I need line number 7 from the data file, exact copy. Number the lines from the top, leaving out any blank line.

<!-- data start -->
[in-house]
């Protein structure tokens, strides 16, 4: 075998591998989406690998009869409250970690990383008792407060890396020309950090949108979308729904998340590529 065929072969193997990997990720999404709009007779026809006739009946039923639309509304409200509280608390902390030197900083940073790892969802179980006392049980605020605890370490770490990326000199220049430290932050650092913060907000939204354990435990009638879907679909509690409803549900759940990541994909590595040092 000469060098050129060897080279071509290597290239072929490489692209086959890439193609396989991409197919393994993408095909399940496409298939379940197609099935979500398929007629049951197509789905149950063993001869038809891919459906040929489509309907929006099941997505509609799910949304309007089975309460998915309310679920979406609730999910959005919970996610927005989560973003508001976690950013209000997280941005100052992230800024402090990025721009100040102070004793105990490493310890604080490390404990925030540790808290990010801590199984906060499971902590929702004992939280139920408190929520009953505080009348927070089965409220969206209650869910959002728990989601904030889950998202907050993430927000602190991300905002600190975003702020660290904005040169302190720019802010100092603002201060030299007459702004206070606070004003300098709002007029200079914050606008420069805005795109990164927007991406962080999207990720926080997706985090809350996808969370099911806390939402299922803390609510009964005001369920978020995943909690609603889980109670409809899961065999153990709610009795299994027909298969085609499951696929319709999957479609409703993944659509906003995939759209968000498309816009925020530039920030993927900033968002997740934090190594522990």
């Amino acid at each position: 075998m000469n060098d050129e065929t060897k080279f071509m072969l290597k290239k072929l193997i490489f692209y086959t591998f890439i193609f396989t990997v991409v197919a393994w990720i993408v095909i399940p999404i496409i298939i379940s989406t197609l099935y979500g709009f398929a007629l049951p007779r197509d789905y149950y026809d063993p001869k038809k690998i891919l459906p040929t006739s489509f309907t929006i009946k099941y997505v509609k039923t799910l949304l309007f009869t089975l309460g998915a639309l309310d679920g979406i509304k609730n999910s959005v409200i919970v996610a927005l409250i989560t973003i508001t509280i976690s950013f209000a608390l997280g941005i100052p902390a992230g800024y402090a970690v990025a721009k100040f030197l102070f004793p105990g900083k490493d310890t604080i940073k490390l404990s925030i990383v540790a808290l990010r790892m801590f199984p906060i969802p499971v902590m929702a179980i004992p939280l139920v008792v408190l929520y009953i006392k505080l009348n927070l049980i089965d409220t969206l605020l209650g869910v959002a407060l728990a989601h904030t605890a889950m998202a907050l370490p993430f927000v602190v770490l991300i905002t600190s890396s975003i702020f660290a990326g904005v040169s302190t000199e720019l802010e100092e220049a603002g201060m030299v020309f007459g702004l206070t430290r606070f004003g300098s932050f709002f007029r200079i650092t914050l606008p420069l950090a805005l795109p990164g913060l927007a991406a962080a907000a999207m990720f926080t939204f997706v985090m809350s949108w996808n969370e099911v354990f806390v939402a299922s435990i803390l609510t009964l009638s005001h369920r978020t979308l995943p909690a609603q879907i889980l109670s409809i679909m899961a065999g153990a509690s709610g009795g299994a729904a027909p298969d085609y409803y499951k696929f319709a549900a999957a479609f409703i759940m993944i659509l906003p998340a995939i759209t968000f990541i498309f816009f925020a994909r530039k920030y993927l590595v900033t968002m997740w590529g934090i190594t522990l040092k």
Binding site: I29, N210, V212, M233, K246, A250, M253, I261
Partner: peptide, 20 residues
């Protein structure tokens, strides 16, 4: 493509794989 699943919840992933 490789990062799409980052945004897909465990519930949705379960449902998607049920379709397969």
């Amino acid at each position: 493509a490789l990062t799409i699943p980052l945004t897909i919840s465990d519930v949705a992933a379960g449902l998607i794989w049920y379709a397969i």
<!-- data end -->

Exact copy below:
């Amino acid at each position: 493509a490789l990062t799409i699943p980052l945004t897909i919840s465990d519930v949705a992933a379960g449902l998607i794989w049920y379709a397969i």